Our summer intern guest blogger for this post is Alex Ronchetti, a rising sophomore at American University.
In high school I worked a summer job doing landscaping for houses around town. Part of that job required me to prune trees so that they didn’t grow onto sidewalks or utility lines. I picked up how to prune properly from watching others and by practicing, because I thought there was no instruction manual on how to do this. Imagine my surprise when I was searching through the GPO’s Bookstore and saw a Forest Service guidebook called How to Prune Trees.
This is a short how-to manual developed by the Department of Agriculture and the Forest Service, but it’s chock full of good information. It describes the three main reasons you should be pruning; safety, health of the tree, and aesthetic value. It then talks about the proper ways to prune trees also showing diagrams that show where to cut on the branch. The writing is easy to understand and the diagrams certainly help show examples of what the authors are talking about. There is also a section on proper cleaning of cutting tools and treating wounds that gave me insights that I hadn’t had before.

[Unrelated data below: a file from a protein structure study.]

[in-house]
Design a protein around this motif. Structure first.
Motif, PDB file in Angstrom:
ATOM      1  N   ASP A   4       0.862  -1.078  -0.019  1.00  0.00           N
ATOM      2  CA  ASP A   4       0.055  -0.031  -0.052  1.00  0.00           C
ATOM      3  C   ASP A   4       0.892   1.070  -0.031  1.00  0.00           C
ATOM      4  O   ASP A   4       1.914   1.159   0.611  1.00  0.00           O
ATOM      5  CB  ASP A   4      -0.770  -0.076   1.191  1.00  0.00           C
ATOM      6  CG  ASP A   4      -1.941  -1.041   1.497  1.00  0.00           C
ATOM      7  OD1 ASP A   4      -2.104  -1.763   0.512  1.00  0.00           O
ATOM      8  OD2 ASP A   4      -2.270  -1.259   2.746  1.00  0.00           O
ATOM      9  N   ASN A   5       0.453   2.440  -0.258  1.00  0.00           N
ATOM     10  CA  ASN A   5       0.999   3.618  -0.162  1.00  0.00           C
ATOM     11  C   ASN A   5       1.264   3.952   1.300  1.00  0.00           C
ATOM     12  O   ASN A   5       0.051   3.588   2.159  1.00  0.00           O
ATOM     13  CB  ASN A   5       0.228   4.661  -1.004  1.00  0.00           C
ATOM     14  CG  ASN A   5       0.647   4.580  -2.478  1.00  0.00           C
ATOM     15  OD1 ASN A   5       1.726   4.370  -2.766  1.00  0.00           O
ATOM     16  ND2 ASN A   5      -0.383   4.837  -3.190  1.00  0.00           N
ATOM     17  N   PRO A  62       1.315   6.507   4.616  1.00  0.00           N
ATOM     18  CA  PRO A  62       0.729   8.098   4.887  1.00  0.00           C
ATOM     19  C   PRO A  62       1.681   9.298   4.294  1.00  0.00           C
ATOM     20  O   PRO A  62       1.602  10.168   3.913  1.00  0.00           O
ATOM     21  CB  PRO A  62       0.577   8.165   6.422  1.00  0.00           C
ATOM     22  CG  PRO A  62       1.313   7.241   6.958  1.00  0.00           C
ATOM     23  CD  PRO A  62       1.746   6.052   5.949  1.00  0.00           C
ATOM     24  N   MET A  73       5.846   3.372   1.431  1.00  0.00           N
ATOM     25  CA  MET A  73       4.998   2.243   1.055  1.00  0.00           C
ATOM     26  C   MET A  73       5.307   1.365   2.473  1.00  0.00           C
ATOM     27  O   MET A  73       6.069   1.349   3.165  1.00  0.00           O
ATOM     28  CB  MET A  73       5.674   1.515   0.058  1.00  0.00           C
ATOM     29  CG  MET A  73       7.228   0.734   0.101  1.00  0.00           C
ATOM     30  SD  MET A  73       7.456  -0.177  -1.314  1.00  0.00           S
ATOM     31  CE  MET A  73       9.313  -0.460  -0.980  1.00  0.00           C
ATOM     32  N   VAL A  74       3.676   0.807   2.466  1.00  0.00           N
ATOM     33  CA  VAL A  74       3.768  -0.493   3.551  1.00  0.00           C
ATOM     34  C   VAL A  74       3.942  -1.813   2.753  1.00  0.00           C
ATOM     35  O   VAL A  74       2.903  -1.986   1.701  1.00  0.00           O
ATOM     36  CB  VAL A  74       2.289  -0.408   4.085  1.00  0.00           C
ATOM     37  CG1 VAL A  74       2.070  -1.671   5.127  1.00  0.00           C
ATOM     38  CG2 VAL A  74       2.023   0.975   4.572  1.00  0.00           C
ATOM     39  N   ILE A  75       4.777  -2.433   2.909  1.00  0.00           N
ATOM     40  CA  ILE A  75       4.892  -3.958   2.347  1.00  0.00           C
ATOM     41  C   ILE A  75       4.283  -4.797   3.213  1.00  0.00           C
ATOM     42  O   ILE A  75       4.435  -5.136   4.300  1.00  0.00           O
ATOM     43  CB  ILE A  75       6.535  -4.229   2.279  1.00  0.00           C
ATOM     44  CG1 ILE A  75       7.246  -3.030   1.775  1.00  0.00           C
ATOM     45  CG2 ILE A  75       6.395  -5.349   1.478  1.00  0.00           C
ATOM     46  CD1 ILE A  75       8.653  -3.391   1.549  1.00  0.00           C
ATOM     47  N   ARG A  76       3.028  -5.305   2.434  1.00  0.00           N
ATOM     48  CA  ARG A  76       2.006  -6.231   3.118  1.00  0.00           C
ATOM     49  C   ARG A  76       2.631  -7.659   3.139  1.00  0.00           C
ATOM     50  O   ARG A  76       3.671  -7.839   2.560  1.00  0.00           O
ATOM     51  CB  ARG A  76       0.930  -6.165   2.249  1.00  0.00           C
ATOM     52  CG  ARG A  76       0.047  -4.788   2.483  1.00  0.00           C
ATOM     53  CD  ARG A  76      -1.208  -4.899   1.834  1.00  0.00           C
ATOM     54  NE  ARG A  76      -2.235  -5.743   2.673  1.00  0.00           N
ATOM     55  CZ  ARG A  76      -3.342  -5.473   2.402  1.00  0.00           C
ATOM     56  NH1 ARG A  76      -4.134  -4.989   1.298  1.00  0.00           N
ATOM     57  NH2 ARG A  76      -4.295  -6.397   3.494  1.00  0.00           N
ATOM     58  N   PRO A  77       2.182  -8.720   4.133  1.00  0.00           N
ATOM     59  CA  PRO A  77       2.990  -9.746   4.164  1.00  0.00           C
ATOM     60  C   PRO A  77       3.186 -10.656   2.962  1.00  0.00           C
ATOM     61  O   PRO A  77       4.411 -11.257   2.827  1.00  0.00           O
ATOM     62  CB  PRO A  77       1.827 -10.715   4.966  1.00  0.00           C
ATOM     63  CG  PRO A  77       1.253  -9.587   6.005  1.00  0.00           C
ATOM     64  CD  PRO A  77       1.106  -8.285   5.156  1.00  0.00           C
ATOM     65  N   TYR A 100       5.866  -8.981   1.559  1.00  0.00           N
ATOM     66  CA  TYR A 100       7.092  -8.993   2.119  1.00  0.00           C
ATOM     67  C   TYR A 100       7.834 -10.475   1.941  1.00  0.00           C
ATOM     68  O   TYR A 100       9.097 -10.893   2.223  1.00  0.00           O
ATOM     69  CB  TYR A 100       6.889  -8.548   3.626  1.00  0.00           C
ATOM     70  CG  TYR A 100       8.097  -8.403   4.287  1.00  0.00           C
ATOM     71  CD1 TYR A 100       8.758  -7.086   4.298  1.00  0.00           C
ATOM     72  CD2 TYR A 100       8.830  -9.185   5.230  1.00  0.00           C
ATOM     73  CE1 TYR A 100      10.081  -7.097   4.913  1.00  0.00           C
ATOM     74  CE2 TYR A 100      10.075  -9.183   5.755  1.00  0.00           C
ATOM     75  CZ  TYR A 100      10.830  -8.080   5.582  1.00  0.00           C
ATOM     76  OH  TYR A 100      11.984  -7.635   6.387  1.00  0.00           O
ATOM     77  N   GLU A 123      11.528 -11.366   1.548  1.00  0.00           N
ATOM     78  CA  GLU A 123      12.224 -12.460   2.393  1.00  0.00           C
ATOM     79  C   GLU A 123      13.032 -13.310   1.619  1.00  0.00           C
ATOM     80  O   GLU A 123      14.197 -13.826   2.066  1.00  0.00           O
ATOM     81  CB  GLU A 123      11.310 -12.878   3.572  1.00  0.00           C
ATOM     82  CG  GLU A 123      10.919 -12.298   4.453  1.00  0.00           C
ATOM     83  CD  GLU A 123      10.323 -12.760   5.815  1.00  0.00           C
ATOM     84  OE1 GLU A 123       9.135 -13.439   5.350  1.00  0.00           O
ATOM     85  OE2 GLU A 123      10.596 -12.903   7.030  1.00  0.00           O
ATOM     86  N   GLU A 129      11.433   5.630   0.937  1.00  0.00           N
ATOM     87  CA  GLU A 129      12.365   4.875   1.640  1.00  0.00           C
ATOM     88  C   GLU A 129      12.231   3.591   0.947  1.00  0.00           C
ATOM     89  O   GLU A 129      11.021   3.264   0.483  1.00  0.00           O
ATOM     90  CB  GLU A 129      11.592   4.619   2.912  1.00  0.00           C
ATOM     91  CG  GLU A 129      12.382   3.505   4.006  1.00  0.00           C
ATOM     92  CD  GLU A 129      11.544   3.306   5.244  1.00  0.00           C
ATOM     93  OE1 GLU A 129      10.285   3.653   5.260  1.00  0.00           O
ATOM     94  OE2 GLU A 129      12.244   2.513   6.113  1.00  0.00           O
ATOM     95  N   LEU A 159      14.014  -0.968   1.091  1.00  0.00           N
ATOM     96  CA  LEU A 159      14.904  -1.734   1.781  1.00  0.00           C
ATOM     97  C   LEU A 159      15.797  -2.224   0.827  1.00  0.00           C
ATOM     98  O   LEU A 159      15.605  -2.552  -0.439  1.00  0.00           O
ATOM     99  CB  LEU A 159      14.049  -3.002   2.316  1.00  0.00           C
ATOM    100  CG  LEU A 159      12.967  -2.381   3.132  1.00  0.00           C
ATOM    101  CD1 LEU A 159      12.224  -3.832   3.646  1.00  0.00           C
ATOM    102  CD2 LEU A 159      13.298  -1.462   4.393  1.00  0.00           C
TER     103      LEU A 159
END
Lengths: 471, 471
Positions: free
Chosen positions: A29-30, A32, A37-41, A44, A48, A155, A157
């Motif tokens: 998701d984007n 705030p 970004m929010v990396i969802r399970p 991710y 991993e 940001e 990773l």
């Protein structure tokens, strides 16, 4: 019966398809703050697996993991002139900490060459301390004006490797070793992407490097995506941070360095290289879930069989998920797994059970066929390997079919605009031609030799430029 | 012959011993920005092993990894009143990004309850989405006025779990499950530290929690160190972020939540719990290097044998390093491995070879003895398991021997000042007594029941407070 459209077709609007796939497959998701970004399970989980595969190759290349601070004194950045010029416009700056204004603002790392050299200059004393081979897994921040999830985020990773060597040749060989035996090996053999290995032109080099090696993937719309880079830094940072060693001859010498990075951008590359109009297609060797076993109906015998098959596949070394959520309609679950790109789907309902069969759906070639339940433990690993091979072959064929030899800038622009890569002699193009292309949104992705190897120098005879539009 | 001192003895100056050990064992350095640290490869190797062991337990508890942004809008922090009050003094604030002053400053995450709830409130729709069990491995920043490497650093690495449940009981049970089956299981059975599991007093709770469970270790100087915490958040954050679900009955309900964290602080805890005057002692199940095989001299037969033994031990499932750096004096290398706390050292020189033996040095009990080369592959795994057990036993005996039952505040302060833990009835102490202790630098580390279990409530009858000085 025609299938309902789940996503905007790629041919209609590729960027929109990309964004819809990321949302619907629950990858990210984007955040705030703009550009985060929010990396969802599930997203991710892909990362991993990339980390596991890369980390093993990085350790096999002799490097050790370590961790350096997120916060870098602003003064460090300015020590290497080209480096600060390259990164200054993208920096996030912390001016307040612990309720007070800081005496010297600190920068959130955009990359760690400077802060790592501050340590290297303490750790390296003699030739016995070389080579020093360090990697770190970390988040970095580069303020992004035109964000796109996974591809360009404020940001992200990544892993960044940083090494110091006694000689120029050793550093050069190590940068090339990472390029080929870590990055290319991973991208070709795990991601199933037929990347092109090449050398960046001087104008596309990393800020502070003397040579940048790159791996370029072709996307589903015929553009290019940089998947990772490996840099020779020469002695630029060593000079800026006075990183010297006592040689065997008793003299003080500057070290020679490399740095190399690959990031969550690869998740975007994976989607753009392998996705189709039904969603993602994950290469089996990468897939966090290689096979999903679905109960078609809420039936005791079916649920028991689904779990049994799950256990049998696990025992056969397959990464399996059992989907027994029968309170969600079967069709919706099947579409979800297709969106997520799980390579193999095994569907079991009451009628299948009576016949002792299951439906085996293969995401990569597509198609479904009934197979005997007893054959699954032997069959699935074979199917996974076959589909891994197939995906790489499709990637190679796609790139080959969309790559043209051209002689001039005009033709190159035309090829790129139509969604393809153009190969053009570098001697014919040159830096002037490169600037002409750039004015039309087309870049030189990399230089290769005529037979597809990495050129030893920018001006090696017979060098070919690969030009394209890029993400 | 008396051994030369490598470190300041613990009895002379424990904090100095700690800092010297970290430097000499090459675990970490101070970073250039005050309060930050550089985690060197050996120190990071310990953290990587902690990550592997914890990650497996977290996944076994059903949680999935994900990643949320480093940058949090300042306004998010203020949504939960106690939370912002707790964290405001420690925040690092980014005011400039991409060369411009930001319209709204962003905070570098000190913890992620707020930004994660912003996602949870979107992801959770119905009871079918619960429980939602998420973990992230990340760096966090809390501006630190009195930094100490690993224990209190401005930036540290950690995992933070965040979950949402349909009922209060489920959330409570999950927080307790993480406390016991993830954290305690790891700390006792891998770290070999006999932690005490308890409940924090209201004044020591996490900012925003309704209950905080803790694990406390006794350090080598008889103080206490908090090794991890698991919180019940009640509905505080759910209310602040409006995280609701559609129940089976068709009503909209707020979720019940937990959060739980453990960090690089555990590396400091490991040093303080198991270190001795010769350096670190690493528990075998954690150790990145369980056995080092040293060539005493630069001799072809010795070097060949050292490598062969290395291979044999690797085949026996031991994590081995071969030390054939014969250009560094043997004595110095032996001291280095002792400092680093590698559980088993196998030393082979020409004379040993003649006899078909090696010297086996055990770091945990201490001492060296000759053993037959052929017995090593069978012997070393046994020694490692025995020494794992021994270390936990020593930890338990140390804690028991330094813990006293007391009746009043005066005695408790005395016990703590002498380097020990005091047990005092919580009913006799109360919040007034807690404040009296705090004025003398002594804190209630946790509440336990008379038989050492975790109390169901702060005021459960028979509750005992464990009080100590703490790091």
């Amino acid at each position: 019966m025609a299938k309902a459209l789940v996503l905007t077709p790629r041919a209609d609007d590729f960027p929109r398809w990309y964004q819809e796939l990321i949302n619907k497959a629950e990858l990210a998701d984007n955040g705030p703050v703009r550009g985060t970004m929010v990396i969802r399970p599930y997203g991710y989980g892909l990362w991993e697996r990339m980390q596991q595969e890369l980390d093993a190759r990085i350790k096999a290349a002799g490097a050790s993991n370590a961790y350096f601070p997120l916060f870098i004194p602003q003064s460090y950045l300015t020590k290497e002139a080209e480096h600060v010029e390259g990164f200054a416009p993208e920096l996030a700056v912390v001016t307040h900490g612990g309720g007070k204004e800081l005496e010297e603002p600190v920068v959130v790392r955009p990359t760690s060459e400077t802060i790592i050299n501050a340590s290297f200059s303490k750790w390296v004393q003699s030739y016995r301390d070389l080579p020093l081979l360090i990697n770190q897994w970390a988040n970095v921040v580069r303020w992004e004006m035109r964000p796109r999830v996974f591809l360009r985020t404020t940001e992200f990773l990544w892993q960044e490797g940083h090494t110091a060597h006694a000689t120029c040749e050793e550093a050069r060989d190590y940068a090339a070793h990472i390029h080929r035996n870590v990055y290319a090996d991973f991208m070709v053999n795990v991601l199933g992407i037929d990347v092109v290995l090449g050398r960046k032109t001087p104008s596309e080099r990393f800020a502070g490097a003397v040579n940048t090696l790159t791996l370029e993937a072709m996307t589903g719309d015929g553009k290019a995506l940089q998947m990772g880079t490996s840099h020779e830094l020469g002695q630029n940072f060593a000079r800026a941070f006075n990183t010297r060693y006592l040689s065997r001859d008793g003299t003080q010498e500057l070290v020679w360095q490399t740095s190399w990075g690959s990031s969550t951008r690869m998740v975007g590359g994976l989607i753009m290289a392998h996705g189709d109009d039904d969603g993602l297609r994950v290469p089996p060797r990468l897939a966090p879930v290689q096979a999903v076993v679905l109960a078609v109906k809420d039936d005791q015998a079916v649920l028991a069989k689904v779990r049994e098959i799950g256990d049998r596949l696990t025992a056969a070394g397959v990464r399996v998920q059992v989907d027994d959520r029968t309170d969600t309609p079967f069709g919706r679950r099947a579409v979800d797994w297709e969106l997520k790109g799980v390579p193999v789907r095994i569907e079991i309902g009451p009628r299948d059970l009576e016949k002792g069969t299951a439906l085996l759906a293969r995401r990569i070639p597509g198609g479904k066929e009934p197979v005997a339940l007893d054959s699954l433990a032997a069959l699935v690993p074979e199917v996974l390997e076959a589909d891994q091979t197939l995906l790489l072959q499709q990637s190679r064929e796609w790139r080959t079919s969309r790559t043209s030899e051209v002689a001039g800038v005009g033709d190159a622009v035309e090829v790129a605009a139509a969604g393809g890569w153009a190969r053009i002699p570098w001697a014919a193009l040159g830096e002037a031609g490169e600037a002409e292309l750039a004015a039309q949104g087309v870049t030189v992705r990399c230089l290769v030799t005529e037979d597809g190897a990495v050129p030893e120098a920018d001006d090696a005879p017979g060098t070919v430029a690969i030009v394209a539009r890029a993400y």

A short and sweet title that provides good information on the proper care of trees, you can purchase it from the GPO here, read it online here, or find it in a library near you here.
[…] our posts “Oh, say, can you tree? American Christmas tree traditions,” “Pruning Trees” and “Dr. Seuss’ The Lorax Inspires Kids to Hug a Tree” for more information on these […]
Good job, it’s refreshing to come across a well composed article related to
professional cleaning. I’ll look for your RSS feed and keep up
with what you’re providing.
Thanks for highlighting this pub. It’s another example of how government documents can be immediately relevant to people on Main Street. At least if they have trees to trim.
Good luck in your studies when you go back to school.